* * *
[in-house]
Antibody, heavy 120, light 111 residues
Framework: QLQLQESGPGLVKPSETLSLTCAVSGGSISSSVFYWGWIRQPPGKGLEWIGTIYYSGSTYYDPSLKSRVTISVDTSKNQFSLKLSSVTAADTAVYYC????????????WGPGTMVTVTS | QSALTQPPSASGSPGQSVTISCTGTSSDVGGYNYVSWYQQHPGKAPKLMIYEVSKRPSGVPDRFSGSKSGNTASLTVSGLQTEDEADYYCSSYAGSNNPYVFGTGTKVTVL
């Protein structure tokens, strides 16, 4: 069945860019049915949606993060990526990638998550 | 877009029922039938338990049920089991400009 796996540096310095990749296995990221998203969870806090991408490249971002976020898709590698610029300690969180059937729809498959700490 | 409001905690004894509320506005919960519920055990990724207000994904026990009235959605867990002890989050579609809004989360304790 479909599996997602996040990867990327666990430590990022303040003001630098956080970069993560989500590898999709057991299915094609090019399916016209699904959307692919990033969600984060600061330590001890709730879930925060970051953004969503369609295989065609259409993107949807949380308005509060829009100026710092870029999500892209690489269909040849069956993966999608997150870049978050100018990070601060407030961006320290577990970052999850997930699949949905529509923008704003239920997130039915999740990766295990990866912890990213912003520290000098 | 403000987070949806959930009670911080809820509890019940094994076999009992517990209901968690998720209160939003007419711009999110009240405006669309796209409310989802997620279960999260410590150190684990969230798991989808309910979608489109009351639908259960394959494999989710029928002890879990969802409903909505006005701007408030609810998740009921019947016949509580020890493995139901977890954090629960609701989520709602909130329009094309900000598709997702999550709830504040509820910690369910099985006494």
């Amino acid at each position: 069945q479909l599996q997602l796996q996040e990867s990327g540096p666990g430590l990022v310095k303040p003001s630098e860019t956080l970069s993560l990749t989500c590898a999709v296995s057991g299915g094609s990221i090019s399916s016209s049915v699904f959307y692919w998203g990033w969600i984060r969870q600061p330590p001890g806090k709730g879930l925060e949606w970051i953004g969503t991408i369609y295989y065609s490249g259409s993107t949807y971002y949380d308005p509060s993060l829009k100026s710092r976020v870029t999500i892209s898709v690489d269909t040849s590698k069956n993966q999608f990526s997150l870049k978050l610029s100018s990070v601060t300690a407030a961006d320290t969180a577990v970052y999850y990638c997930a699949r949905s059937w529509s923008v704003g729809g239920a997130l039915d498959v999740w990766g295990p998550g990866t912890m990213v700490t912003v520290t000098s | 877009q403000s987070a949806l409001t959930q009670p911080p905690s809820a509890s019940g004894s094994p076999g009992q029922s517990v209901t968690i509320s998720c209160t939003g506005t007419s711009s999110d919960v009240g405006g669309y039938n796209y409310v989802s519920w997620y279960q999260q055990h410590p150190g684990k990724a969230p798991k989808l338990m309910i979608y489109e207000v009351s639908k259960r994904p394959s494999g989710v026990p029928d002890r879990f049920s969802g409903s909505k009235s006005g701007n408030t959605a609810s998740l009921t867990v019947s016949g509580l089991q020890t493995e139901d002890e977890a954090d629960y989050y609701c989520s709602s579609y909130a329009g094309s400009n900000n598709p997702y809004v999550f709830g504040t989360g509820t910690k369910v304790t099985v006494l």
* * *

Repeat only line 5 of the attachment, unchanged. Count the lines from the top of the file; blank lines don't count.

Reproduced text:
């Amino acid at each position: 069945q479909l599996q997602l796996q996040e990867s990327g540096p666990g430590l990022v310095k303040p003001s630098e860019t956080l970069s993560l990749t989500c590898a999709v296995s057991g299915g094609s990221i090019s399916s016209s049915v699904f959307y692919w998203g990033w969600i984060r969870q600061p330590p001890g806090k709730g879930l925060e949606w970051i953004g969503t991408i369609y295989y065609s490249g259409s993107t949807y971002y949380d308005p509060s993060l829009k100026s710092r976020v870029t999500i892209s898709v690489d269909t040849s590698k069956n993966q999608f990526s997150l870049k978050l610029s100018s990070v601060t300690a407030a961006d320290t969180a577990v970052y999850y990638c997930a699949r949905s059937w529509s923008v704003g729809g239920a997130l039915d498959v999740w990766g295990p998550g990866t912890m990213v700490t912003v520290t000098s | 877009q403000s987070a949806l409001t959930q009670p911080p905690s809820a509890s019940g004894s094994p076999g009992q029922s517990v209901t968690i509320s998720c209160t939003g506005t007419s711009s999110d919960v009240g405006g669309y039938n796209y409310v989802s519920w997620y279960q999260q055990h410590p150190g684990k990724a969230p798991k989808l338990m309910i979608y489109e207000v009351s639908k259960r994904p394959s494999g989710v026990p029928d002890r879990f049920s969802g409903s909505k009235s006005g701007n408030t959605a609810s998740l009921t867990v019947s016949g509580l089991q020890t493995e139901d002890e977890a954090d629960y989050y609701c989520s709602s579609y909130a329009g094309s400009n900000n598709p997702y809004v999550f709830g504040t989360g509820t910690k369910v304790t099985v006494l």